5) I've played the harp since I was 8 years old. It all started when we went on a trip in kindergarten to a rehearsal of the Geneva orchestra. I saw a lady with a harp and was determined I wanted to play this instrument. In Geneva there were no teachers (that we could find and I was still very young) but when we moved back to the Netherlands we found someone. My parents tried to deter me with a trial piano lesson first but with no success and so I ended up playing the harp. With all the moving the last few years I haven't played much but hopefully this will come again soon.

6) I'm terrified of needles and injections, just the thought of them makes me shiver, roll down my sleeves and start feeling queazy. So much so that when I stood in a cocktail stick when I was 11, I pretended I was fine so I didn't have to have surgery. My parents began to suspect something was wrong when I couldn't walk anymore 5 week later! I also got the mould for my crown fitted (copper bent around your tooth) without anastetic as the first injection didn't work but I pretended to be OK (very silly).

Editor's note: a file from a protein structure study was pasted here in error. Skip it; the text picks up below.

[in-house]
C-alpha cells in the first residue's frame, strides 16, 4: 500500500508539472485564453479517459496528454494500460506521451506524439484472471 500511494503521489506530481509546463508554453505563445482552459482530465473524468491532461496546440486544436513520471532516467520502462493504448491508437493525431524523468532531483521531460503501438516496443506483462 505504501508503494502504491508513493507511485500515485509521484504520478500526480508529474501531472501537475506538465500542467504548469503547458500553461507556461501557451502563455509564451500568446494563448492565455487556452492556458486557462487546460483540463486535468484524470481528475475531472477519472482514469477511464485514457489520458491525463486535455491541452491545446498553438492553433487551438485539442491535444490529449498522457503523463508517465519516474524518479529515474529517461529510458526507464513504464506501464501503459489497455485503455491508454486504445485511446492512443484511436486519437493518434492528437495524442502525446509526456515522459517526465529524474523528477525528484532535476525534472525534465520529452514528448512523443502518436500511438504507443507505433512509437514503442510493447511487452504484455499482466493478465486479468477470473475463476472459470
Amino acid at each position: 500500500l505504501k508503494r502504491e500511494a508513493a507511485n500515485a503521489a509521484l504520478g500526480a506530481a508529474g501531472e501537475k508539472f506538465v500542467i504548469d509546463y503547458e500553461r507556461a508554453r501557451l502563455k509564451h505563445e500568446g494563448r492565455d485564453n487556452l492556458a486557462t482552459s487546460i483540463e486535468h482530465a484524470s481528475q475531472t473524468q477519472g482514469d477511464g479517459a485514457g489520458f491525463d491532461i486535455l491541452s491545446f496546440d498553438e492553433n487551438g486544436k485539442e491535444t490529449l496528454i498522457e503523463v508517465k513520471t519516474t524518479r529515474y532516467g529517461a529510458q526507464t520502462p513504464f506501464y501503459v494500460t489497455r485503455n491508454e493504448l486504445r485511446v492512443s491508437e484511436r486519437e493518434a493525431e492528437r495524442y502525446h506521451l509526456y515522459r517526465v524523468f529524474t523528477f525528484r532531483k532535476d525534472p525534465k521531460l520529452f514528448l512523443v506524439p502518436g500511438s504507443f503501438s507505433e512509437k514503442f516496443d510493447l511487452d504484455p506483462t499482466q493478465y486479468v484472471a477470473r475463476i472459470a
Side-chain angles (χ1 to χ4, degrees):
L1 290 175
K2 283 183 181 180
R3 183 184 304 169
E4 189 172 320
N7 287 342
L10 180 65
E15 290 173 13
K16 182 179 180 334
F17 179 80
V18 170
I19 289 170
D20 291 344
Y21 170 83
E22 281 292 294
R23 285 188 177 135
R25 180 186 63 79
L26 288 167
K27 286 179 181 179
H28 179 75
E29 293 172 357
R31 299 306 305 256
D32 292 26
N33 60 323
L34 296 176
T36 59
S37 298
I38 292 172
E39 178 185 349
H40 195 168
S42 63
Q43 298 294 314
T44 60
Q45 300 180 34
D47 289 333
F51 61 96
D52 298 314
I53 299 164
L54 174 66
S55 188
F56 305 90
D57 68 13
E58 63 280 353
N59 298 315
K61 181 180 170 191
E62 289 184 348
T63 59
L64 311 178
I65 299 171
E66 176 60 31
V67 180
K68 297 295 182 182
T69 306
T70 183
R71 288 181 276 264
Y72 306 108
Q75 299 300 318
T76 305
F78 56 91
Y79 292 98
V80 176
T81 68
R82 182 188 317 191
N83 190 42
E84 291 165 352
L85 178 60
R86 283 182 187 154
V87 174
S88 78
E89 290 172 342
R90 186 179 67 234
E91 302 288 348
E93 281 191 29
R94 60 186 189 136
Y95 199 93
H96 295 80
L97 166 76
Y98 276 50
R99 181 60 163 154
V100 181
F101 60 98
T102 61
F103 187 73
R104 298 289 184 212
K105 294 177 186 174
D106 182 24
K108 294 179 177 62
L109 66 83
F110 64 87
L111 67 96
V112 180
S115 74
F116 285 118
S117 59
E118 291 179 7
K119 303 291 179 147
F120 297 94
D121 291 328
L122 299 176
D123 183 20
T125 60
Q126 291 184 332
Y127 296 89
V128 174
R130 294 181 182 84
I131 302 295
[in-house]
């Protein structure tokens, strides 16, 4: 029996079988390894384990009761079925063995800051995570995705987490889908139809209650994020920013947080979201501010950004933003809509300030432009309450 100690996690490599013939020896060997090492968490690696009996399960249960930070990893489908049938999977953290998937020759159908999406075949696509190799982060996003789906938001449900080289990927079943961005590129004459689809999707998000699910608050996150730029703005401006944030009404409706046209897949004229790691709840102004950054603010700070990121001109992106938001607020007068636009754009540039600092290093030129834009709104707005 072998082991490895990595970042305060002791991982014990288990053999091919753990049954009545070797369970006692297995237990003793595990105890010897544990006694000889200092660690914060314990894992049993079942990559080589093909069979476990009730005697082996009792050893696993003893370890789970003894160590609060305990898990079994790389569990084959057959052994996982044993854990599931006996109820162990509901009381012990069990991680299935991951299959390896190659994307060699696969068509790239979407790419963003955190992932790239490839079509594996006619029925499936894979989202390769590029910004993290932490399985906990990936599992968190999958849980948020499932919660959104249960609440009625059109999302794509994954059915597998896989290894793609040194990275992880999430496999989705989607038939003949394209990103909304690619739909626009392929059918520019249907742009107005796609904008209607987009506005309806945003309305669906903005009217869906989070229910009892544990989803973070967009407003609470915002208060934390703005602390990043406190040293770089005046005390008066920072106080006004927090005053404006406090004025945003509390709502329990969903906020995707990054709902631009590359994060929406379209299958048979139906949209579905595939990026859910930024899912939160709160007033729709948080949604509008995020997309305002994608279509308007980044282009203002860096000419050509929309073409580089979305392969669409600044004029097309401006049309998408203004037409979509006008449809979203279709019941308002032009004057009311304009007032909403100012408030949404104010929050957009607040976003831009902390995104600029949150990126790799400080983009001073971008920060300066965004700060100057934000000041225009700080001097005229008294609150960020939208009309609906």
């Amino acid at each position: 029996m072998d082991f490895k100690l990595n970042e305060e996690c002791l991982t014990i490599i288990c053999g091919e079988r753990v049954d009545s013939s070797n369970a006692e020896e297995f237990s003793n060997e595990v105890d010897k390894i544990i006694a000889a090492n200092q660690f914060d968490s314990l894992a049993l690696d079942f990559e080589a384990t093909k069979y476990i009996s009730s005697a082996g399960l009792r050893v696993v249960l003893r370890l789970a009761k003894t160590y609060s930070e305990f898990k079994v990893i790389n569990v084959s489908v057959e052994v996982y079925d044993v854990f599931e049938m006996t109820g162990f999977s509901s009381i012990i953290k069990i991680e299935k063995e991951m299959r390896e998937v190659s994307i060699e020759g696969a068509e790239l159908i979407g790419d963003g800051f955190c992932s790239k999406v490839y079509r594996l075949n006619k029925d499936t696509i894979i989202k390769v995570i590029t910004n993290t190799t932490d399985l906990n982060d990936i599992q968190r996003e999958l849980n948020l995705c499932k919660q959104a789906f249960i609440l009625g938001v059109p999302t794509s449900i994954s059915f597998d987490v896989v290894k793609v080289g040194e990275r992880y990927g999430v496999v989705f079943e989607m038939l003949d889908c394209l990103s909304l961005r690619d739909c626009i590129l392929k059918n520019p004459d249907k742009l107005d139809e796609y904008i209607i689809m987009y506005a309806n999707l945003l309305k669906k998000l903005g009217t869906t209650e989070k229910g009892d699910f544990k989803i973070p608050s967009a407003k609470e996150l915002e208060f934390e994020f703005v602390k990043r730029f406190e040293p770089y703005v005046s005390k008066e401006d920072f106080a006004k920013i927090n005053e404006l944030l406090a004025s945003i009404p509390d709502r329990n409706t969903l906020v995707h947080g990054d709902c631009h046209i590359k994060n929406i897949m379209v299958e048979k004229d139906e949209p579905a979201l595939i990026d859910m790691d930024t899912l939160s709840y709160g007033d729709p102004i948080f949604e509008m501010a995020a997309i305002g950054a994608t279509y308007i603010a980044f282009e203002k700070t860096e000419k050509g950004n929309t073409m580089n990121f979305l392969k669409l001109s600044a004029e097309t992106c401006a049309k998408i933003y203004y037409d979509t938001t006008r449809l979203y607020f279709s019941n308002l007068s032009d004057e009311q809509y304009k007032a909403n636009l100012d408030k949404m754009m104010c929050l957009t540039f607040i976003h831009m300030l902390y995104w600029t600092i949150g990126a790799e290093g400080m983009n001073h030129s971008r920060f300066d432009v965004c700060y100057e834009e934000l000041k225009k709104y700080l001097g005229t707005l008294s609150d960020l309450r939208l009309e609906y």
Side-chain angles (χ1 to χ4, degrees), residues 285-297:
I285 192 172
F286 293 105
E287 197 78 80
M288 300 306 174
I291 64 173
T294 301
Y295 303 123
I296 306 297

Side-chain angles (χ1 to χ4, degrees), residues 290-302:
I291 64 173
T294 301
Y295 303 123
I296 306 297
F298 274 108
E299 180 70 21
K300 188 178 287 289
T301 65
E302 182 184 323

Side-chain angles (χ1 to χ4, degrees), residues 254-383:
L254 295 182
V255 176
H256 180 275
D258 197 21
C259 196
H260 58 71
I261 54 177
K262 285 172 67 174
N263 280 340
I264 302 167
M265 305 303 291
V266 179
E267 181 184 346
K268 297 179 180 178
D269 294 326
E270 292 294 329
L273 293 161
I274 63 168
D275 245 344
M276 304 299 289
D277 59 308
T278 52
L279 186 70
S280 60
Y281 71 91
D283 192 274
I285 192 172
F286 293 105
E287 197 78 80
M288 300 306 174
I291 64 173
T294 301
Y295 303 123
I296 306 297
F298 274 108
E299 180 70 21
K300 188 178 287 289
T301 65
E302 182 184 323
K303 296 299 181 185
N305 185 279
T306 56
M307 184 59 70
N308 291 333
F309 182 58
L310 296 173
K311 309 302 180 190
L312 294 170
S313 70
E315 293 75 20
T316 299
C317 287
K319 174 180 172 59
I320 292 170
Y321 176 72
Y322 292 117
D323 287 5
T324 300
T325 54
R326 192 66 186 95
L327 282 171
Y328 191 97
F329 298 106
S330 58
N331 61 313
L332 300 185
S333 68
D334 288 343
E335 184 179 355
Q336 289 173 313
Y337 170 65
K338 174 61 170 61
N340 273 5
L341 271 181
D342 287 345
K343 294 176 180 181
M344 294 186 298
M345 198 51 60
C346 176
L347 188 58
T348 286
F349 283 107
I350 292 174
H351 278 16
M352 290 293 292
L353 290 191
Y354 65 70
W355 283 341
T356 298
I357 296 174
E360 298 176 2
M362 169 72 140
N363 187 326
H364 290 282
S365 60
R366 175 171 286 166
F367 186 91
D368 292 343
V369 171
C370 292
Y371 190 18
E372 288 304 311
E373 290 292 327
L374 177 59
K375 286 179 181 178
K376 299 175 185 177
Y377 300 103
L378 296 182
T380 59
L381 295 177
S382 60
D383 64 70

7) The first outdoor climb I did was called the Inaccessible Pinnacle. Pretty impressive if I do say so myself. So much so it took about 45 min of talking/shouting to get me off it as I was terrified of the drop!

8) The grossest thing I ever ate were fermented quid intestine whilst living in Japan. I was told it was a delicacy but it was pretty smelly, slimy and the taste was just not nice. So at least I can say I've tried but also...never again!

So that's it not very terribly shocking I would say. I'm not tagging anyone but feel free to complete it if you want :-)

Thursday, August 09, 2007

Blogging by Mail